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Pauline Gower

Pauline Gower

British pilot and writer
The basics
About
Date of birth Tonbridge, Kent, South East England, England
Date of death Mar 02, 1947
Awards Member of the Order of the British Empire, Harmon Trophy
Authority ISNI id VIAF id Library of congress id Openlibrary id
The details
Biography

Pauline Mary de Peauly Gower Fahie (22 July 1910 – 2 March 1947) was a British pilot and writer who established the women's branch of the Air Transport Auxiliary during the Second World War.

Early life and education

Daughter of MP Sir Robert Gower, and educated at Beechwood Sacred Heart School, she first flew with Alan Cobham and was fascinated by flying. In August 1931 she established a joy-riding and air taxi service in Kent. In 1932 to support British Hospitals, Gower toured the country with an Air Circus, giving air pageants in 200 hundred towns. She also wrote for Girl's Own Paper and Chatterbox and published a collection of poetry, Piffling Poems for Pilots, in 1934. As a writer she was acquainted with W. E. Johns whose character Worrals was based on herself as well as Amy Johnson.

Engineering work

Gower in the cockpit of a de Havilland Tiger Moth

In 1935 she was appointed as a council member for the Women's Engineering Society. She chaired a meeting on "The History of British Airships", where Mr. M. Langley championed the airboat and Hon. A. F. de Moleyns the airship. In 1936, Gower was the first woman to be awarded the Air Ministry's Second Class Navigator's Licence. Later that year, Gower and her colleague Dorothy Spicer ('daring aeronauts') presented a technical paper at the Women's Engineering Society Annual General Meeting on the treatment of metals for aircraft engineers. In 1938, she was appointed a civil defence commissioner in London with the Civil Air Guard. That year her work on women in aviation—Women with Wings—was published. On the outbreak of the Second World War, Gower made use of her high-level connections to propose the establishment of a women's section in the new Air Transport Auxiliary —the ATA would be responsible for ferrying military aircraft from factory or repair facility to storage unit or operational unit—to the authorities.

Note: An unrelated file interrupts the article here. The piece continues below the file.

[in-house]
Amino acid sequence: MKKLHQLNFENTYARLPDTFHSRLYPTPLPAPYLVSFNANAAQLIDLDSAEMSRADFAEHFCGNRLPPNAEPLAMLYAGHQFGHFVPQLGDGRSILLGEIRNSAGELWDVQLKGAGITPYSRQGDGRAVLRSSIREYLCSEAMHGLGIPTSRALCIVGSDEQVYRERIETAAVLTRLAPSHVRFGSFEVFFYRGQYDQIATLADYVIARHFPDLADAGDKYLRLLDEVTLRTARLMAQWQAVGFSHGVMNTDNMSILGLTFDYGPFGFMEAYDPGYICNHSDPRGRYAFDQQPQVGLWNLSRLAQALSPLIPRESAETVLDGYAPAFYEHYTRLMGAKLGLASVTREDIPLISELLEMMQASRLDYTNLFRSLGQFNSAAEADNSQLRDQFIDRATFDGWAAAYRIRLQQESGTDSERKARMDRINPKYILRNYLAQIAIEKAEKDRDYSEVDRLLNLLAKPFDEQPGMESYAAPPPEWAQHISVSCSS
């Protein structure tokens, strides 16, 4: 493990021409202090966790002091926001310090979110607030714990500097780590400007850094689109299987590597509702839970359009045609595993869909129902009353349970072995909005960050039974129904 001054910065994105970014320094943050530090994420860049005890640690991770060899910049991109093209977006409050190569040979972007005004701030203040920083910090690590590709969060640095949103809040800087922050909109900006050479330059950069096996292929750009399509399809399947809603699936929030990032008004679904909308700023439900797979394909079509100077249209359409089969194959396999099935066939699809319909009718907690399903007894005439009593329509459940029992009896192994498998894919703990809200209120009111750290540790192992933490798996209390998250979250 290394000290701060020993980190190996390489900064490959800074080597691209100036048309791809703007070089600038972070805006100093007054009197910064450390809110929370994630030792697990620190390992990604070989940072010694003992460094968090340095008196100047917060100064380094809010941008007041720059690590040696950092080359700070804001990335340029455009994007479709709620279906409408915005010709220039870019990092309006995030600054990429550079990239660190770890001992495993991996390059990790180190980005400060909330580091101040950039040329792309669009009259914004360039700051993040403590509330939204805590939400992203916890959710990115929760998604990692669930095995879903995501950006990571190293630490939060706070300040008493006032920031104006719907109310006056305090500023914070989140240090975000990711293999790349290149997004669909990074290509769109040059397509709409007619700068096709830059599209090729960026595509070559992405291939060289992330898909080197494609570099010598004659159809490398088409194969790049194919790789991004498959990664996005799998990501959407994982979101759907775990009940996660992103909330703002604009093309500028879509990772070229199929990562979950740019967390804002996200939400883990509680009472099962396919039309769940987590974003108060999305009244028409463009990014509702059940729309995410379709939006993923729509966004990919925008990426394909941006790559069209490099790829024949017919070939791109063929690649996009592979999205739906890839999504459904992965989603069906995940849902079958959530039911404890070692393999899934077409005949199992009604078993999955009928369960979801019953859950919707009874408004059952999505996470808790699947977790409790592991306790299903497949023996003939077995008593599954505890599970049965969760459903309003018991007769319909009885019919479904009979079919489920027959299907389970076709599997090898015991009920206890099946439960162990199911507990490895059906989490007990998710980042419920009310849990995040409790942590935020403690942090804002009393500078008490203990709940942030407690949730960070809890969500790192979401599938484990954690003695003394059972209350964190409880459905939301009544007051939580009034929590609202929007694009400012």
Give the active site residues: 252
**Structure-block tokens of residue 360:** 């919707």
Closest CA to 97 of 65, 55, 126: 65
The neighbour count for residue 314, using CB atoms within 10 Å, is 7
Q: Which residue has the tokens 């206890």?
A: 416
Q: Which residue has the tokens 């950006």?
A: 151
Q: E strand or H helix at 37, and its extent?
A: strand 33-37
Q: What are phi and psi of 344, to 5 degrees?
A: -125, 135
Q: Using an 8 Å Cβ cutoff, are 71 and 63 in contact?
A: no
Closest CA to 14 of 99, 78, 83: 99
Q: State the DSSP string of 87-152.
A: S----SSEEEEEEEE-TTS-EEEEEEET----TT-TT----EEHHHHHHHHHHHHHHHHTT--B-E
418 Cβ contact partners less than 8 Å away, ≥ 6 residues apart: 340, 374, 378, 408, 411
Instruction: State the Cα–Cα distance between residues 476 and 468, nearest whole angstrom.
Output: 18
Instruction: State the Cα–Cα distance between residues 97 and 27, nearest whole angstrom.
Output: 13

Gower was appointed as the head of the women's branch, and commenced the selection and testing of women pilots, the first eight being appointed by the ATA on 1 January 1940. Early members included ice-hockey international Mona Friedlander, Margaret Fairweather (Lord Runciman's daughter) and former ballet dancer Rona Rees. Later members included Amy Johnson and former Olympic skier Lois Butler. Gower received the MBE for her services in 1942 and received a Harmon Trophy award posthumously in 1950.

Personal life

Gower married Wing Commander Bill Fahie in 1945. She died in 1947 giving birth to twin sons, who survived.

The contents of this page are sourced from a Wikipedia article. The contents are available under the CC BY-SA 4.0 license.
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